Saturday, January 16, 2010

India Update 3

We’ve been very busy since I last posted. We changed hotels to be closer to the villages we will be visiting and this one does not have internet so I don’t know how many more times I will be able to post.

On Wednesday we went and visited another village, ever further into the countryside. This visit was a lot of fun. Some of the girls from the village sang songs for us and then several members of the village did dances. Some of the village girls even taught the girls in our group how to do some of their dances. There are so many little cultural things you learn to really enjoy about these people and I will miss them when I get back to the states. In the states we nod our heads to say yes, here in India, the motion for yes is a side-to-side movement of the head. It’s hard to explain but it’s very fluid. The best is when you ask a little boy or girl if you can take their picture and the give you the yes motion accompanied by a big white smile. It’s very heart warming.

After our visit with the village we went and met with a very wealthy Hindu man who has been so touched by the work that Vijay and Faceless is doing that he has donated land in which to build a school and/or church. Over here, land is very very expensive so the fact that he’s willing to donate some is a very big gesture. The land is even more valuable because it has immediate access to a road. Vijay and Prem (our guide and his son) hope to build a free school here to help benefit the people of the villages. While we were in the rich man’s mansion drinking tea he brought in his grandson and I had a chance to hold him for a while. I will admit that, while he was very cute, the fact that he was not wearing a diaper made me a little afraid he was going to pee on me (or worse). Luckily this did not happen.

Yesterday was filled with a lot of new experiences. We started out visiting a family in the city. One of the girls, who we have not met yet, was a victim of human trafficking. We did meet the girl’s sister and the girl’s baby though and today we should be meeting her and her father, who unfortunately is on his deathbed in the hospital. Though we only visited one little block, the entire city was preparing for their carnival to celebrate the New Year. Music was blaring from one of the houses and we played with some of the children and shook a lot of hands. From there we went to a school where we would be painting. The schoolhouse was actually the former home of our guides, and they donated it for the school. The painting here is much different than back home. The paint is watery and the paintbrushes are constructed of a bunch of dried grass tied at one end. Needless to say we did not feel very effective in our painting. It seemed to just slop on the walls and was not consistent at all. Though we didn’t think we were doing a good job, Vijay and Prem said it looked great. Hopefully the school kids will feel the same.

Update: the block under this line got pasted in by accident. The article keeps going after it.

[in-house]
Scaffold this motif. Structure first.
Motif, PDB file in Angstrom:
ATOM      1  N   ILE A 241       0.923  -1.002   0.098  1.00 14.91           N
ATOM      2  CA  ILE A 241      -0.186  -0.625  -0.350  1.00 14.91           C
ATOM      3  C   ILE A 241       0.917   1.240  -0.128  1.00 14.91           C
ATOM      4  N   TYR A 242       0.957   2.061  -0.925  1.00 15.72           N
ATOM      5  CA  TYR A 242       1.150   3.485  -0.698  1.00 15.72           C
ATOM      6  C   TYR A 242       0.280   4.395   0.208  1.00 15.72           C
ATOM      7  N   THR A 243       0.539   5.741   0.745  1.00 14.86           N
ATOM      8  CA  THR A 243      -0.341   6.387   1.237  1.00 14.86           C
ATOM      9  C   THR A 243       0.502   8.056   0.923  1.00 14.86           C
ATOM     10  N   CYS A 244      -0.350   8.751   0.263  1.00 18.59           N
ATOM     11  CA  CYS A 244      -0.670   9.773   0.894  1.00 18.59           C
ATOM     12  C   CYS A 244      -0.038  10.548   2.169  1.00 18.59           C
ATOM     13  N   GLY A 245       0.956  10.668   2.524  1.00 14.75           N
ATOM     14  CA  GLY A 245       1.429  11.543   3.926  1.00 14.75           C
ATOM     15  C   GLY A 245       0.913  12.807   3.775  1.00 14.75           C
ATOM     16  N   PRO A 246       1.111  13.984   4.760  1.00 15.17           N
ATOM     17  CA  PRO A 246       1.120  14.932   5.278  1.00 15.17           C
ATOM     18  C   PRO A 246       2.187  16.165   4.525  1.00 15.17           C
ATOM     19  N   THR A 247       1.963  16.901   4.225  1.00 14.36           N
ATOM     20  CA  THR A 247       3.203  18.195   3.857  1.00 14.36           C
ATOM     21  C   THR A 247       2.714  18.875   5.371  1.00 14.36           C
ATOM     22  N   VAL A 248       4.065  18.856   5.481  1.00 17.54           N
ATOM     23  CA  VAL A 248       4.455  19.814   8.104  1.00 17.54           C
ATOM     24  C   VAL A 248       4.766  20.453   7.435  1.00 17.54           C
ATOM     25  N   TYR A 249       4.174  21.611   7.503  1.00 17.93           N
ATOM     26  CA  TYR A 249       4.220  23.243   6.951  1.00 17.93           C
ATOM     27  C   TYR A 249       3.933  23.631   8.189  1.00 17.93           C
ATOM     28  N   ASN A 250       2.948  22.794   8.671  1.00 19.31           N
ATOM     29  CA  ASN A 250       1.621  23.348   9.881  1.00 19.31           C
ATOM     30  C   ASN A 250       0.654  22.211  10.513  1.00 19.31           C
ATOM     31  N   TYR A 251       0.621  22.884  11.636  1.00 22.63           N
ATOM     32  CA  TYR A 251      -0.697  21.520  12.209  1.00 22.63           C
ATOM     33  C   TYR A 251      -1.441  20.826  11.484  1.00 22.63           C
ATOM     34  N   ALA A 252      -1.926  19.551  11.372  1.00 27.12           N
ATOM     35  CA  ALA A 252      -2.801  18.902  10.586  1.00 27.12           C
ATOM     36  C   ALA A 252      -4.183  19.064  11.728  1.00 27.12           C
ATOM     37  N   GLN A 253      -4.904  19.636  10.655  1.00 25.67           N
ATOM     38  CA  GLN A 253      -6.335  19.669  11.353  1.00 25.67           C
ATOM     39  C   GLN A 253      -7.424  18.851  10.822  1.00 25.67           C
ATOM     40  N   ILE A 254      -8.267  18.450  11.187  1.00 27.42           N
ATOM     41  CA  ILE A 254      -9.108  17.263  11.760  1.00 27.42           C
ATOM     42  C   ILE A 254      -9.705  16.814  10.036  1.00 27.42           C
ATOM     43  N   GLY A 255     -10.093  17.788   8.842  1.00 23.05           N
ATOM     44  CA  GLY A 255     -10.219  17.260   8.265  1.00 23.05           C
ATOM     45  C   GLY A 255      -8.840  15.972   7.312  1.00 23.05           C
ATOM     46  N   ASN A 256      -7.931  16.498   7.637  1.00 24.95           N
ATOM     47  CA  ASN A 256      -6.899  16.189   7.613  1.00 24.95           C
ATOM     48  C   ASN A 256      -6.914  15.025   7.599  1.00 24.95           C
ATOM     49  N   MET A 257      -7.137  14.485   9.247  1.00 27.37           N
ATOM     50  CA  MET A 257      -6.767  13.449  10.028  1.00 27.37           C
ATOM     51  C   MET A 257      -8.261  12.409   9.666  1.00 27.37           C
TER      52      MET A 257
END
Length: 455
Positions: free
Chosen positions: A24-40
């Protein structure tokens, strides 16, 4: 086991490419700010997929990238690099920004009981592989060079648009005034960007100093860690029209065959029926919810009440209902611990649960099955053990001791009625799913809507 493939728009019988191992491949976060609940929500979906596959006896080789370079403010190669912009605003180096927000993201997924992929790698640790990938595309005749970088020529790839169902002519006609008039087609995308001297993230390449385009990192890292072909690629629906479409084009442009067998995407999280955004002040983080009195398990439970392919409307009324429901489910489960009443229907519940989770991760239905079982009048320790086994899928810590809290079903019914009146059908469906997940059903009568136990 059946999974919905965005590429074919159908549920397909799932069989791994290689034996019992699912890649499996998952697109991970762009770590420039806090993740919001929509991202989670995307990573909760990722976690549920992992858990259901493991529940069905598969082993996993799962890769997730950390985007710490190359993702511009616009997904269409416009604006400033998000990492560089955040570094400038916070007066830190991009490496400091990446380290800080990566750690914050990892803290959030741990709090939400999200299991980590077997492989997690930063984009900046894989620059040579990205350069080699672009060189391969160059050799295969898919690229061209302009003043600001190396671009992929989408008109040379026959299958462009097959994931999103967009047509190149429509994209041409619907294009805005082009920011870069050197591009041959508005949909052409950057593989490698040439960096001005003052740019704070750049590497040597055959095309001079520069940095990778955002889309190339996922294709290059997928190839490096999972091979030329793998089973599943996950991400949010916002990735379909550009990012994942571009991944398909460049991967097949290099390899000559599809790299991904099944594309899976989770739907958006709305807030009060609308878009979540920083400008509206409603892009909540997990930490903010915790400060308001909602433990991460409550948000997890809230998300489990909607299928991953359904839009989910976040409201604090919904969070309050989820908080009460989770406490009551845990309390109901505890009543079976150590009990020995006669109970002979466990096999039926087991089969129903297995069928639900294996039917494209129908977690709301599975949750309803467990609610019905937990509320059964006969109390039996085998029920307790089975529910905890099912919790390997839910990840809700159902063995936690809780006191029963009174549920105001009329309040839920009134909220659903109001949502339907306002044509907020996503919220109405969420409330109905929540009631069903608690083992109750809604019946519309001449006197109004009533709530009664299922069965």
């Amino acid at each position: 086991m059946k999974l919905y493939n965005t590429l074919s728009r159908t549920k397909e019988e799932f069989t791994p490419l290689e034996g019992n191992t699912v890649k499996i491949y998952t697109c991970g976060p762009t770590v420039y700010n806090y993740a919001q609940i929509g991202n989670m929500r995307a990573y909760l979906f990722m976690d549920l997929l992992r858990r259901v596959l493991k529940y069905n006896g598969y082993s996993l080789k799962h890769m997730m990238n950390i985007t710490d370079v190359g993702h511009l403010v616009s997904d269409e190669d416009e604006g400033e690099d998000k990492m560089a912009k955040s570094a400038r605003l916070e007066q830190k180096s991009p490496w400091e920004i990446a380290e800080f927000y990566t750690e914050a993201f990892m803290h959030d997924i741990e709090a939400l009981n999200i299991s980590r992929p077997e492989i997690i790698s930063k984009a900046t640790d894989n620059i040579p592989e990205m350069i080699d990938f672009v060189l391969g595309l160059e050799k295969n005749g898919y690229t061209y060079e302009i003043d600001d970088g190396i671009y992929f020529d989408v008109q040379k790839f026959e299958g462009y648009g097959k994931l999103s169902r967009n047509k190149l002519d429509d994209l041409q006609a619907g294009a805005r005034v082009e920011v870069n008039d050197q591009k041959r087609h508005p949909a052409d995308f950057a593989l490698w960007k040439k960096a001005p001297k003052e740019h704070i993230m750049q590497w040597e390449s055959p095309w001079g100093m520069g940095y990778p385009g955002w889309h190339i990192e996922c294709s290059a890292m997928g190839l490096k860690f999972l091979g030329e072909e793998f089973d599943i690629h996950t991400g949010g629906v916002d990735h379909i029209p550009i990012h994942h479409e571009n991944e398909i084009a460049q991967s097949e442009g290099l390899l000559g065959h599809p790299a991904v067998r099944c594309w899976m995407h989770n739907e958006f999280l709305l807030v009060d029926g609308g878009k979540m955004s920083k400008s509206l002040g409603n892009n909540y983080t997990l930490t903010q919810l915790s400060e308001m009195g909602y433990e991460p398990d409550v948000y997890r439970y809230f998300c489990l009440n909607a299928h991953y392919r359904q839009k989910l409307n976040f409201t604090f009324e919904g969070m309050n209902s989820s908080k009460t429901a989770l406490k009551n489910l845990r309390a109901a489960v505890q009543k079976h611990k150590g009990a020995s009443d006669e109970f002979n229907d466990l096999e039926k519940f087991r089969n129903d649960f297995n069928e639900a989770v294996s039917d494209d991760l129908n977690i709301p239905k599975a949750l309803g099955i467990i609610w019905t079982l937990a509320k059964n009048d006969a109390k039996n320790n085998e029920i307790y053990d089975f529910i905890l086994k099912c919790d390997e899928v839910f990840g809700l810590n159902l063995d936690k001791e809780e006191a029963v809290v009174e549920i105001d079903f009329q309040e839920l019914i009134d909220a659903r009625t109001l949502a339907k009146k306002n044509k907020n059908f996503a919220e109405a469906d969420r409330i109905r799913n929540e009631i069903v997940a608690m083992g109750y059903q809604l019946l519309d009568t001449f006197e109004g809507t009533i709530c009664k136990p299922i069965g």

After a long day of painting we jumped back in the vehicles and went to a tourist attraction on top of a mountain that over looked Vizag and the Bay of Bengal. It was a very beautiful sight. After some ice cream on top of the mountain we headed back down and drove through the fishing area where fish are processed. In India, when the fish are caught, they spread some of the fish out all over the ground so that they can dry. As you can imagine, the smell was… interesting. When we got to one of the docking areas we got into a boat and went a ways out into the Bay of Bengal. I thought it was great but some of other members of the group who are prone to seasickness did not feel the same. When we were done with this we headed back to Vijay’s house to celebrate the Indian New Year on his roof while watching the festivities below.

Overall, I don’t think there is a better way to experience India. I really feel like we’ve had the opportunity to see real life and not some false reality derived for tourists.

I have a lot of thoughts that I’ve tried to put down but haven’t had enough time to process yet. I’m going to save those for a future blog when I’ve had plenty of time to think them out. All I know is that I have a new perspective on the world or at least this part of the world that I never would have discovered sitting at home watching Nat Geo.

A few more of my observations:

The ONLY way to experience the Indian countryside is on the back of a motorcycle.

I much prefer the dancing in India as compared to the dancing in the states. Everybody seems to be able to do it well (at least from my observation) and it’s just very fluid and very elegant.

Here they make their coffee with hot milk instead of water. I don’t know if its because I miss the coffee in the states, or if it’s just that good, but instant coffee mixed with milk over here tastes just as good as a Starbucks latte. They also eat cereal with hot milk.

I think the thing I miss the most is my bed. I’ve been sleeping fine but the hotel beds are pretty stiff; essentially a 3-inch mattress on top of plywood.

If I ever build a house it’s going to be Indian style, with a garden roof you can walk up on and have parties. I would spend most of my time up there too.

1 comment:

Lara said...

We appreciate and enjoy your blog. We are praying for you and the group. Tell Natalie we love her and said Hi!